New study shows that yes, whisky does taste better with water

A new study puts to bed the longstanding argument about adding water to whisky.
A new study puts to bed the longstanding argument about adding water to whisky. Photo: iStock

It is a question that has divided whisky lovers for centuries: does the true aficionado add a dash or water, or drink the spirit neat?

Now, a team of Swedish scientists claims to have found definitive proof - that Scotch does always taste better with water.

Using computer simulation, they found that partially diluting whisky improves the drinking experience because it drives flavour compounds to the surface.

Simple science

Published in the journal Scientific Reports, the study showed that the alcohol content tends to push the key chemical guaiacol, which causes the smoky taste of whisky, to the bottom of a glass or bottle. But reducing the level of alcohol reverses this process, improving the drink's flavour.

Whisky's distinctive taste comes about by a combination of the distillation of fermented grains, ageing and then dilution.

Distilled malt whiskies typically contain about 70 per cent alcohol by volume before being aged in barrels for at least three years.

Cheers to science finally ending the whisky world's most tireless debate.
Cheers to science finally ending the whisky world's most tireless debate. Photo: iStock

Some alcohol evaporates during the maturation resulting in an alcohol content of 55 to 65 per cent for cask-strength whisky.

Before bottling, the whisky is diluted to about 40 per cent by the addition of water, a process called "cutting", which further changes the taste.

Just add water

However, the team at Linnaeus University says a further dash of water is still needed after the spirit is poured to achieve the best flavour.


The scientists carried out computer simulations of mixtures of water and pure alcohol, or ethanol, in the presence of guaiacol.

At concentrations of alcohol up to 45 per cent, guaiacol was more likely to be present at the surface of the liquid, rather than in the bulk.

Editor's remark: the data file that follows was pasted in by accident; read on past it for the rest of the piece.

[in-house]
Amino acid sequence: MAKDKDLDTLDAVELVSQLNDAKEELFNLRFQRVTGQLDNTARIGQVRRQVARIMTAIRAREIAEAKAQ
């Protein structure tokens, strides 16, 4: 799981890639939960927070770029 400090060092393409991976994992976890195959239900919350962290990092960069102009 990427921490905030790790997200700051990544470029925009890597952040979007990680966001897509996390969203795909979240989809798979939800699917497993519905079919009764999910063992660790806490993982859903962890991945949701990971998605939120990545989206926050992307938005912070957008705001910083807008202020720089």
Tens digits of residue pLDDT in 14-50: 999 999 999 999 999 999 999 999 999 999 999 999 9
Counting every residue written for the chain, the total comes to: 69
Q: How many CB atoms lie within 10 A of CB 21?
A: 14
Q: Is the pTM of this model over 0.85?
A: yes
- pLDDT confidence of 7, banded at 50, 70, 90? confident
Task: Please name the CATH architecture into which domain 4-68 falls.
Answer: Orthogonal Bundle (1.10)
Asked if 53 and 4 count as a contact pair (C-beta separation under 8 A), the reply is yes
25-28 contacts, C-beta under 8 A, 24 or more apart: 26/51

From taste to waste

"Overall, there is a fine balance between diluting the whisky to taste and diluting the whisky to waste," said Professor Bjorn Karlsson, who carried out the research.

"This balance will depend on the concentration and types of taste compounds that are characteristic for each whisky.

"Similar considerations can be used to optimise the alcohol concentration of other spirits including gin, rum and brandy."

Phenols and guaiacols

Many whiskies, especially those that are made on the Scottish island of Islay, have a typical smoky taste that develops when malted barley is smoked on peat fire.

Chemically, the smoky flavour is attributed to phenols, and in particular guaiacol, which is much more common in Scottish whiskies than in American or Irish ones.

On the whole Scottish whiskies have higher levels of guaiacol than Irish or American equivalents.

The chemical was originally discovered by Ascanio Sobrero, an Italian chemist who is much better known for discovering the explosive liquid nitroglycerine in 1847.

Prof Karlsson said guaiacol contributes to both the taste and aroma of whisky.

The Highlander's myth

A spokesman for the Scotch Whisky Association, an industry trade organisation, said taste was only "one aspect" of flavour.

She said: "It is easier to perceive the aroma compounds in the 'head space' above the whisky when water is added, as they become less soluble and are driven out of the liquid.

"The other factor is that reducing alcohol strength or increasing water concentration reduces the alcohol sensation on the nose and tongue, which would otherwise mask the more subtle aroma compounds."

According to a historic Scottish proverb: "There are two things a Highlander likes naked, and one of them is malt whisky."

Prof Karlsson's study appears to have put that argument to bed.

The Telegraph, London